COLUMN: Companies spark conversation when using controversial topics in advertisements
The conversation of whether companies should be able to put controversial topics in mainstream media has different opinions. If companies have a platform, they should use it to stand up for their beliefs.
Nov. 10, 2019
Maggie Doheny is a sophomore journalism major at MU. She is an opinion columnist who writes about women’s rights.
In my cross-cultural journalism class my teacher showed us a commercial from Gillette that aired for the Super Bowl titled “We Believe: The Best Men Can Be”. This campaign sparked an array of controversial opinions and opened a discussion in my class.
The campaign showed many different scenarios of men bullying other men and covered the topic of sexual assault. Essentially, the message of this campaign encouraged men to be the best versions of themselves and step in when they see other men committing heinous actions.
The men in my class immediately defended themselves as an initial response. This campaign targeted men directly and offended many of them, because of course not all men would commit these bad acts. However, after some discussion that the campaign also showed men preventing others from committing sexual assault, their defense slowly declined.
Another large argument was whether a razor company has the right to place their political opinions in such a public forum. Some said “sometimes I just want to buy a razor and not worry about whether I am supporting a political idea.” That led me to a few of my own opinions about the campaign.
For starters, companies using commercials on social media and TV have the most power over what most people see. If these companies do not use their power to stand up for what they believe in, then what is the point?
Gillette is not the only company using its power for good. Yoplait released a campaign regarding mom-shaming and Airbnb responded to President Trump temporarily closing the borders to refugees with a campaign saying “We Accept” all nationalities. To say that companies with a platform are not allowed to voice their opinions takes away their own basic human rights solely because they are in a place where they could actually raise awareness. If we only allowed the people without platforms to have opinions, then that really would not raise nearly as much awareness, would it?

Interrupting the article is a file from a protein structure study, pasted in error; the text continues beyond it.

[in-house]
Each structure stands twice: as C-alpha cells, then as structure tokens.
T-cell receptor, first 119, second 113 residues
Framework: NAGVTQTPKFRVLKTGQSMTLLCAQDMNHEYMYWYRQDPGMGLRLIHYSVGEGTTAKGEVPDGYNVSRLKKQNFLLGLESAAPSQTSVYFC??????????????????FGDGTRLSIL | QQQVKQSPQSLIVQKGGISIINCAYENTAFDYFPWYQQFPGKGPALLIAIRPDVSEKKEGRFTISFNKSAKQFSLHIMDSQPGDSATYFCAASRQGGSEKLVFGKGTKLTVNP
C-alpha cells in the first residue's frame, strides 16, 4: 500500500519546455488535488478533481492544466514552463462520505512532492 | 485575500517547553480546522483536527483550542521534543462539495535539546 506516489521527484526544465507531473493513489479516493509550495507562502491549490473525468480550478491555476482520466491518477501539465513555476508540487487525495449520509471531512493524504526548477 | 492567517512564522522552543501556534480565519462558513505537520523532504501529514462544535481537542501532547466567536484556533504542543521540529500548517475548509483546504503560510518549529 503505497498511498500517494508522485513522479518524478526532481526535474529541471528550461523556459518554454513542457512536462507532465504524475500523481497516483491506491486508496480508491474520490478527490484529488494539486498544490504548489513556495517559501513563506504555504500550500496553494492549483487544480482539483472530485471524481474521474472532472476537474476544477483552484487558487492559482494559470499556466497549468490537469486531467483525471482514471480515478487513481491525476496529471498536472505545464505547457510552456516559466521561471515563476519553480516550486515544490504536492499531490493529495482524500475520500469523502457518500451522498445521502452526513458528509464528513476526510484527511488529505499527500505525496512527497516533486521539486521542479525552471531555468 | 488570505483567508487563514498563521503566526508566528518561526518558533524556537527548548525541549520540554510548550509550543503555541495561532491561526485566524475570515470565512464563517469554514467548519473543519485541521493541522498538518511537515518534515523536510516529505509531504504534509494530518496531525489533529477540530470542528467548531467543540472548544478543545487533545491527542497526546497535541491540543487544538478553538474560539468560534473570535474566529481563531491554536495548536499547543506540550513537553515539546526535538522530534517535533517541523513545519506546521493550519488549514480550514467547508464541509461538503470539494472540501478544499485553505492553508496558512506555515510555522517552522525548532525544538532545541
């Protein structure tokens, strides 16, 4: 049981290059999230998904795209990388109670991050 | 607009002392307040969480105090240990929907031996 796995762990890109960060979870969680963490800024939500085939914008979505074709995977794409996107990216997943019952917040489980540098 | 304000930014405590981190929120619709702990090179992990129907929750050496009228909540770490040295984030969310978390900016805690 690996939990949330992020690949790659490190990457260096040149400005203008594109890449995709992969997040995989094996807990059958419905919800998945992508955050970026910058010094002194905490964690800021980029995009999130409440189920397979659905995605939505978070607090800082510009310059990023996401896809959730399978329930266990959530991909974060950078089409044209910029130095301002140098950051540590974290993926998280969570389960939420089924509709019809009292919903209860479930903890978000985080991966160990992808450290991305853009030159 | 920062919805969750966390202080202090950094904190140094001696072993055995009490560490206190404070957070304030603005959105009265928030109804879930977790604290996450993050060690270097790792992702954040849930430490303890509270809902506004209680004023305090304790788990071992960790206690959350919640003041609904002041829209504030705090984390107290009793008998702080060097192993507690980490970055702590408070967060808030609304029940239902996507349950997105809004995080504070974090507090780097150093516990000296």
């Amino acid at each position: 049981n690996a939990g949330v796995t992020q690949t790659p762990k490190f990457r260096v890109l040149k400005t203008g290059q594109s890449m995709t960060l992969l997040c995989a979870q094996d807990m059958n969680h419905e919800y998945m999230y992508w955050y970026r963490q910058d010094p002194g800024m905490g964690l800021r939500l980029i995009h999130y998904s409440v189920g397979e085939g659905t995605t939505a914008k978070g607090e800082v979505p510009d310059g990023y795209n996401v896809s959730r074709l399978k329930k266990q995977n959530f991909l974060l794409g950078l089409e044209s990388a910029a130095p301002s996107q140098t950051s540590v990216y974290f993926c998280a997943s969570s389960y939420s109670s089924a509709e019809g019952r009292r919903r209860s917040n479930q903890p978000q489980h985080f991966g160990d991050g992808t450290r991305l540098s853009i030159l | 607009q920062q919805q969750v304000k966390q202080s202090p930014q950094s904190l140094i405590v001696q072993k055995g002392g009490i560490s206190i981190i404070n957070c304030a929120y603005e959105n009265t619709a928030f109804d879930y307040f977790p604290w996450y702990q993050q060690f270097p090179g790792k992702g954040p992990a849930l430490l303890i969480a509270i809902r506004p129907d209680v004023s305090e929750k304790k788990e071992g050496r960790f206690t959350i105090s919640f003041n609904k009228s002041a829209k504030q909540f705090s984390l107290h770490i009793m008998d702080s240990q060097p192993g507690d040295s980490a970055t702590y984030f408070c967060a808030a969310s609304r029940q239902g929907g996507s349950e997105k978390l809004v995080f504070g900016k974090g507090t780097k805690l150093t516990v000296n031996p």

Along with that, why should we avoid putting controversial subjects on the largest platform? Gilette creating awareness of this topic is extremely important due to the frequency of sexual assault on both women and men. Unfortunately, one in three women and one in six men have experienced sexual violence at some point in their lives. It is an issue that affects most people and the best way to start conversations about it is by putting it in a place that will gain the most viewers. There is simply no better way to make people aware of issues other than putting the problems right in front of their faces. Otherwise, people are able to ignore them altogether.
In 2019, the landscape of storytelling has changed. It will continue to change and, at this point in time, no platform is exempt from sharing political and social beliefs. If a company does not critique society’s issues, people will be mad. If that company does people will still be upset. Ignoring the problems results in no change and possible backtracking. In order for our world to be better, we must be open to addressing issues and moving forward accordingly.
That leads me to my next point. One person in my class specifically mentioned that “some people would like to shave their faces without thinking about politics.” To those who really want to be able to buy these products without a political message being attached: women would like to go outside and live their lives without the concern of being sexually assaulted or reminded of thoughts from a previous sexual assault. It’s not quite that simple, though, is it? Society could ignore all of the world’s problems and live life in ignorance every day, but then those problems will never be fixed.
After our class discussion, I came to the conclusion that companies like Gillette have a responsibility to express their opinions on social or political issues. The only way that these problems will change is by forcing the public to notice the problems and create change in their actions. Gillette succeeded in creating a conversation about sexual assault in my class and in the U.S. as a whole. If I am ever in a position of power I can only hope I will have the same opportunity to create conversation about what needs to change.
Edited by Roshae Hemmings | firstname.lastname@example.org